• The time lapse near the end of "The Late Philip J. Fry" features scenes from "Space Pilot 3000", "Love's Labours Lost in Space", "Amazon Women in the Mood", "Future Stock", "A Taste of Freedom", "The Beast with a Billion Backs", and "Attack of the Killer App", all viewed in the perspective of Fry, Bender and Farnsworth in their time machine.
    • The Comedy Central episodes have been accused of doing this by some as well, such as Zoidberg's mating fin coming out when he's not in his mating frenzy, more mentions of Seymour, and seemingly as many plots involving recurring background characters as the writers can think of.
  • Animated adaptions of DC comics revel in this trope, especially when it comes to the DCAU:
    • The Fully-Absorbed Finale Batman Beyond episode of Justice League Unlimited, "Epilogue". In spades. And it was so worth it.
    • The Batman: The Animated Series episode "The Return of Batgirl" is a minor example. It contains a number of references to earlier episodes that don't relate directly to the plot, which stands out in a series that is far more episodic than later DCAU series. This is just one of the elements that make the episode feel more like a fanfic episode that happened to get produced.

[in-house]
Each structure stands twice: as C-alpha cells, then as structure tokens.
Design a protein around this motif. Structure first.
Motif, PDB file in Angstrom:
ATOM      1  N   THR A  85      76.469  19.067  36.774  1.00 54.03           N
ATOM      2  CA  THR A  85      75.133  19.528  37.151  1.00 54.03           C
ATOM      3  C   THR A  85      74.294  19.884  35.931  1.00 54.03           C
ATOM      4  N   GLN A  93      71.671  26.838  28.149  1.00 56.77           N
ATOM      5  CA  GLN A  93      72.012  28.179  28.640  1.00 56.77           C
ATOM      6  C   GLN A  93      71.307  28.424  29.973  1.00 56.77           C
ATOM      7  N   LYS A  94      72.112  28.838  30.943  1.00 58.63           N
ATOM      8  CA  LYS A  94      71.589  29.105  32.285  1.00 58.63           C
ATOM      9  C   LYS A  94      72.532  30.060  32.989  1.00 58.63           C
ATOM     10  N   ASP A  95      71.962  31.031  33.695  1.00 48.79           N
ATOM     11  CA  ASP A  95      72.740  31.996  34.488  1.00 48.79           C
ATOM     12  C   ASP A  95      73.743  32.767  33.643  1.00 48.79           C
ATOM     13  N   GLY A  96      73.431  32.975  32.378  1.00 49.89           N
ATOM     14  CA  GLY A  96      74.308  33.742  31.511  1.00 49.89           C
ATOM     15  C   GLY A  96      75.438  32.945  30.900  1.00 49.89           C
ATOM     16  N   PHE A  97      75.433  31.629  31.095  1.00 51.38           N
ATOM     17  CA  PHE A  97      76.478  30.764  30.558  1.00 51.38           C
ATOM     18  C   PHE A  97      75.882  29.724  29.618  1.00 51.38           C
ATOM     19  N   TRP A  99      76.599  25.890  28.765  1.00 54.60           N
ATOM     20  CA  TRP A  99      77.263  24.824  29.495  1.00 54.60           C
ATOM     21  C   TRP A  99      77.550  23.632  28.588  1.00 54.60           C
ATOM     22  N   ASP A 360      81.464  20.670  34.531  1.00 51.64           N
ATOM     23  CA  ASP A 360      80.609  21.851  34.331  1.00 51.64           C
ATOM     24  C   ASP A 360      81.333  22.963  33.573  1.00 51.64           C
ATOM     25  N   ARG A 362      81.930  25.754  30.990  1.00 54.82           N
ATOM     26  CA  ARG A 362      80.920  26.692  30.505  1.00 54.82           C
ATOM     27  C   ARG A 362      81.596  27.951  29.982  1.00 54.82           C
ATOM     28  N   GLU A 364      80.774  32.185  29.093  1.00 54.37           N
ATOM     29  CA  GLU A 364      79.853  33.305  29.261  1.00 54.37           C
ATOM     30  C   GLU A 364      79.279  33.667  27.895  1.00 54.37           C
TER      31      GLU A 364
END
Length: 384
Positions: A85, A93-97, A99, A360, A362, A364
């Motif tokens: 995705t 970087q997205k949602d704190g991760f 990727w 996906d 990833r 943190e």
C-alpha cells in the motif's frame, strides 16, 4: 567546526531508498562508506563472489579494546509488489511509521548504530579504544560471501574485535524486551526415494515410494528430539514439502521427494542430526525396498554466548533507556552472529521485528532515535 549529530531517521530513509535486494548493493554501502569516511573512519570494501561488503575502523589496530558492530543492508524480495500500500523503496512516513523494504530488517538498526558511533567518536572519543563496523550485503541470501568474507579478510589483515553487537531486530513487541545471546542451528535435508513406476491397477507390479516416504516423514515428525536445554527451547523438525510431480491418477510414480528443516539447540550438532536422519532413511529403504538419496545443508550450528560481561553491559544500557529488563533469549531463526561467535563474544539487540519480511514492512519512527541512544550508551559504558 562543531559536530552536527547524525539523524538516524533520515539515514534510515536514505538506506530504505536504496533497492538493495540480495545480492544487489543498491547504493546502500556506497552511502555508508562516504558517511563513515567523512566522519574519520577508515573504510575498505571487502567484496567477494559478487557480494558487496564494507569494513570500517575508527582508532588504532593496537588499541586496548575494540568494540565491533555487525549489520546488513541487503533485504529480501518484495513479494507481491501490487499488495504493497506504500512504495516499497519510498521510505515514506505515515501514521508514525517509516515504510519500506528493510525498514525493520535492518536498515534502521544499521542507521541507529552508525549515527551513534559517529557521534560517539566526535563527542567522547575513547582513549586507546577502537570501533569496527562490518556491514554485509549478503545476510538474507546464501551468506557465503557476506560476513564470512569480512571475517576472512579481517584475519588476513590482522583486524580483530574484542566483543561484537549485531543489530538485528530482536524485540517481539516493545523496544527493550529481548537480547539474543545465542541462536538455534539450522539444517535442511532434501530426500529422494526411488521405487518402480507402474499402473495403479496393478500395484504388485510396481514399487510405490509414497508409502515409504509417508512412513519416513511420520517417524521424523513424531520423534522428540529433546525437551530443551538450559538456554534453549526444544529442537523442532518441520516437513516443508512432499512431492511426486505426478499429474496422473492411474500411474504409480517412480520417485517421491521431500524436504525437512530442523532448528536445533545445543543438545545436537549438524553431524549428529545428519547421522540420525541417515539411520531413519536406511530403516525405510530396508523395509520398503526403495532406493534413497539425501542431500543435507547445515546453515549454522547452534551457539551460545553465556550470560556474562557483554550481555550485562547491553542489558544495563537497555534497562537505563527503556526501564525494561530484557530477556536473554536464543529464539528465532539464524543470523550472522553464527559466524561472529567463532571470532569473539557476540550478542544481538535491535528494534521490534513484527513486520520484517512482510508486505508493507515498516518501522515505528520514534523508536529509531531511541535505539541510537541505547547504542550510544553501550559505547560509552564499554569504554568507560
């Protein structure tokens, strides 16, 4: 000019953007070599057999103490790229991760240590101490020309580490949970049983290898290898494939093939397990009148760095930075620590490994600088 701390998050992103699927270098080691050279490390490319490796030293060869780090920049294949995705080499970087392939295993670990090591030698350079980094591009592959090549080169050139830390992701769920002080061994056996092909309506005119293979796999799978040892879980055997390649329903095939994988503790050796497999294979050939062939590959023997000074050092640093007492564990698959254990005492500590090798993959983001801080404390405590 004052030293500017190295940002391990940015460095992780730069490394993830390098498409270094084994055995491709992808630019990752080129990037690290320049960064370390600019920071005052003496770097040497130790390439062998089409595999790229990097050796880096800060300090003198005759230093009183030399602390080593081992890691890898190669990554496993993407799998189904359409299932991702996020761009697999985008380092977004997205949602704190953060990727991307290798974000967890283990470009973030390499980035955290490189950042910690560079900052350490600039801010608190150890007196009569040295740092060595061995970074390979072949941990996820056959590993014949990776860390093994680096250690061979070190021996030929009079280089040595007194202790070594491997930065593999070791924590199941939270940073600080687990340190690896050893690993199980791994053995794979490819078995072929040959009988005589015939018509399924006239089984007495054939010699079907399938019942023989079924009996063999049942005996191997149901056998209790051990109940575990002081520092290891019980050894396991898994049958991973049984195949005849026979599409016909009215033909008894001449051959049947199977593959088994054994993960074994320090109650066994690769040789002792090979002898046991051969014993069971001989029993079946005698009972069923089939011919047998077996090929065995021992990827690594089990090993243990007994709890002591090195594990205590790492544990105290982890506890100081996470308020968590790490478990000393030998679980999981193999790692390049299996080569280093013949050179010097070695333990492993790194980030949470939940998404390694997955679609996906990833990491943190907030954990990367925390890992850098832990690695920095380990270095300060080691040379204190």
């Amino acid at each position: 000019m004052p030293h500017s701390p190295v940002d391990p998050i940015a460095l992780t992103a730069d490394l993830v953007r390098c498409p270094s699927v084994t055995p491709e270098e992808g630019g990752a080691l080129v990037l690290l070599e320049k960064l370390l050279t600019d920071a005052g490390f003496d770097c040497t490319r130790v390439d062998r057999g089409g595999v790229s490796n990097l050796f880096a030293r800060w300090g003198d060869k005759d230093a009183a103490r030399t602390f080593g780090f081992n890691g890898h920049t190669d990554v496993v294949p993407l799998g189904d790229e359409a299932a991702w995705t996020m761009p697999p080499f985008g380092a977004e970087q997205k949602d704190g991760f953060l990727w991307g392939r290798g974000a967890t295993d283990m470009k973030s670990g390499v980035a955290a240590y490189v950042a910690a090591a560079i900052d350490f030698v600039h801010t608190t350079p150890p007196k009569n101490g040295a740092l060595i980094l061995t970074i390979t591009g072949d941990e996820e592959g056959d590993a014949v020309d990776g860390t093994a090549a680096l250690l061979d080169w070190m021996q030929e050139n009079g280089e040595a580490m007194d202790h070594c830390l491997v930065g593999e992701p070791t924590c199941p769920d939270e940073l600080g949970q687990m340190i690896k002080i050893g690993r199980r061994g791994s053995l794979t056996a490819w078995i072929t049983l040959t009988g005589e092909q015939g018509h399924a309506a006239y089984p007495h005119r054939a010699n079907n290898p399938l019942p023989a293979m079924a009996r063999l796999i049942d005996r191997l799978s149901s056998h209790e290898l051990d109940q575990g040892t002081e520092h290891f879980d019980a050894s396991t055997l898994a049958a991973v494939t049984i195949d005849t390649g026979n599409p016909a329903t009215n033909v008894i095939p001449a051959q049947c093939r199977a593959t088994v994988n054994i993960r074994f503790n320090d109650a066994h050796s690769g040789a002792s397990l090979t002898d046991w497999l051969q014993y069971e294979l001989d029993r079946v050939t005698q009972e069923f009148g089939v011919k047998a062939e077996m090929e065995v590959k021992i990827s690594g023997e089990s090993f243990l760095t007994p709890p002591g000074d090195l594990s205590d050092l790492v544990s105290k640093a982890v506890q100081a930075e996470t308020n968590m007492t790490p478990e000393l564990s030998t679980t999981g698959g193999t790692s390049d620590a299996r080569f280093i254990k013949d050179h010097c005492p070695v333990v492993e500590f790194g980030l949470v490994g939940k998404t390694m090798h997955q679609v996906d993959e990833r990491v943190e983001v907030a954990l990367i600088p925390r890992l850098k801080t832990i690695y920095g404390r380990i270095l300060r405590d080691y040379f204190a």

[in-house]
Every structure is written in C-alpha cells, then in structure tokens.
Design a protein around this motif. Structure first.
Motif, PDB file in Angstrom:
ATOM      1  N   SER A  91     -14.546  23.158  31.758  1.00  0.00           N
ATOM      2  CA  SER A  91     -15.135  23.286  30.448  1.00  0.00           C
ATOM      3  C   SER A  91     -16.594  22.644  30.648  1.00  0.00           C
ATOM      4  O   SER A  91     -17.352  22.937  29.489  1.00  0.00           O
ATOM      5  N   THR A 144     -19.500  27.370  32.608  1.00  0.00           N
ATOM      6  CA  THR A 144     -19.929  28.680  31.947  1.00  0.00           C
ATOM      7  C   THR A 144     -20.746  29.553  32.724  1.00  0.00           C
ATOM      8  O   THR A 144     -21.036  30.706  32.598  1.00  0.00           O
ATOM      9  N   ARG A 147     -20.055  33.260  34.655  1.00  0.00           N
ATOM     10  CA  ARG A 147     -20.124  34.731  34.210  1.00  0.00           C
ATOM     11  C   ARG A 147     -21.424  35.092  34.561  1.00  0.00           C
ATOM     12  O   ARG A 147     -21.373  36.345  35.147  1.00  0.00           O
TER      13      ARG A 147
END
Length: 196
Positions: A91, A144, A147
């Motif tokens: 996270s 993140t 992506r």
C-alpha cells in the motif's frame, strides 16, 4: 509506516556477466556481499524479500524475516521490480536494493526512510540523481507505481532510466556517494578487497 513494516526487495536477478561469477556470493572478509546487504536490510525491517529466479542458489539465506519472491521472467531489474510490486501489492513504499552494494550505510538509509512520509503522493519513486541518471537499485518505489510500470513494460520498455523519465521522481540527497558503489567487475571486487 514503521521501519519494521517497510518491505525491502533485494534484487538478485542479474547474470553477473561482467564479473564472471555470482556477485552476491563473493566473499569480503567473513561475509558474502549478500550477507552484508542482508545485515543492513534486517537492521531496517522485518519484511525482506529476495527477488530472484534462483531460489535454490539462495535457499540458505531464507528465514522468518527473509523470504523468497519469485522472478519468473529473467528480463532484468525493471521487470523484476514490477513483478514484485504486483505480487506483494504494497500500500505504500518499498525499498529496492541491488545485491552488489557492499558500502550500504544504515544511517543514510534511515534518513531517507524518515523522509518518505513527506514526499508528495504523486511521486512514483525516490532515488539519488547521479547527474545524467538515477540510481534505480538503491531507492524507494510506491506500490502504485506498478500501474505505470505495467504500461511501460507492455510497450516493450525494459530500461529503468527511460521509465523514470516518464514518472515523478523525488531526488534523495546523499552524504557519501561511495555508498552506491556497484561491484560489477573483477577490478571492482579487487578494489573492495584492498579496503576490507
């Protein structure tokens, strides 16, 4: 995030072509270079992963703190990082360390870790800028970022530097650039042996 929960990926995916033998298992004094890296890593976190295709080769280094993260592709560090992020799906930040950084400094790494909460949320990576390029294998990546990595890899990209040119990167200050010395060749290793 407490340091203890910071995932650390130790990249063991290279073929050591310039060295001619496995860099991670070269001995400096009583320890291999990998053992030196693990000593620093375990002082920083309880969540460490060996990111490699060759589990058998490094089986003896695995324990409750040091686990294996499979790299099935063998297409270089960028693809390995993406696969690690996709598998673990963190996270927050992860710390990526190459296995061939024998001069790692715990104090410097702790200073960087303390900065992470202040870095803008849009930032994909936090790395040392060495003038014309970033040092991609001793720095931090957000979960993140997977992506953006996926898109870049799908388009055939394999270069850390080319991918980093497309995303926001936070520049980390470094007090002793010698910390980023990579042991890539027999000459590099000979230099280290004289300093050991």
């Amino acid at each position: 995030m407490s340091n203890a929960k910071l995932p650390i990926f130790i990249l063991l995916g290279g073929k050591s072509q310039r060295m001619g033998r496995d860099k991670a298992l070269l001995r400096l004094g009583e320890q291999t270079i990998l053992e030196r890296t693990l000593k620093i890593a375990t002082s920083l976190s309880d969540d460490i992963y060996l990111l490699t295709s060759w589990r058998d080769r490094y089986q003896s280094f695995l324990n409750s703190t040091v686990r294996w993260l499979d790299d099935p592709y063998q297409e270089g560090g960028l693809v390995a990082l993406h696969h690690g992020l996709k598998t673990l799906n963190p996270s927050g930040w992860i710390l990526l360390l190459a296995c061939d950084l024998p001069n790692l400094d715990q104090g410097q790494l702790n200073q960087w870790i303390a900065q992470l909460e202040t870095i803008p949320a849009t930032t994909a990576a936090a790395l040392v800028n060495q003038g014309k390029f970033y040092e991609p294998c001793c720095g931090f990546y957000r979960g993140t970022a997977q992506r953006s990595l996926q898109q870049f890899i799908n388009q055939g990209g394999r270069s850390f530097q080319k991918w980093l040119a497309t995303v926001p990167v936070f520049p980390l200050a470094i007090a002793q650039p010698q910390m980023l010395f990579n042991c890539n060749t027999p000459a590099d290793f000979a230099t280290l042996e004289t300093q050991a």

• Batman the Brave And The Bold. All of it is a reference to any event, character, concept, place, etc. of varying obscurity within the DC Universe.
      • Any scene with Bat-Mite is subject to this to various degrees.
      • Even more so in Mite Fall which has a cameo appearance of just about every character that ever appeared in the show and references to just about every Batman incarnation. Even way back when Batman used guns.
    • Same goes for Young Justice. Every minor hero or villain introduced seems to have been chosen to make some fan somewhere happy.
    • Justice League: Crisis on Two Earths. The movie does its best to introduce all its characters and plot points for novice viewers, but unless you've watched the Justice League show and are a long time DC comic reader, half the movie will go straight over your head.
  • The revised HD intro of The Simpsons arguably does this, featuring fan-favorite minor characters more than ever before; in fact, one of the first characters you see in this version of the intro is Ralph Wiggum, as opposed to a member of the Simpson family.
    • The show itself is full of this.
  • The Allspark Allmanac is a continuity porno if there ever was one. A reference to a magazine-contest-winning fancharacter in the 80s in Japan, never featured in a story ever? Sure, why not?
    • Transformers Animated itself is at least a continuity pink film. While there'll be no Continuity Lock Out if you aren't a day-one TF-aholic, if you are one (but not a GEEWUNner) you'll enjoy the onslaught of references, injokes, and ironic twists on past characters and lines. The Allspark Almanac takes it Beyond the Impossible.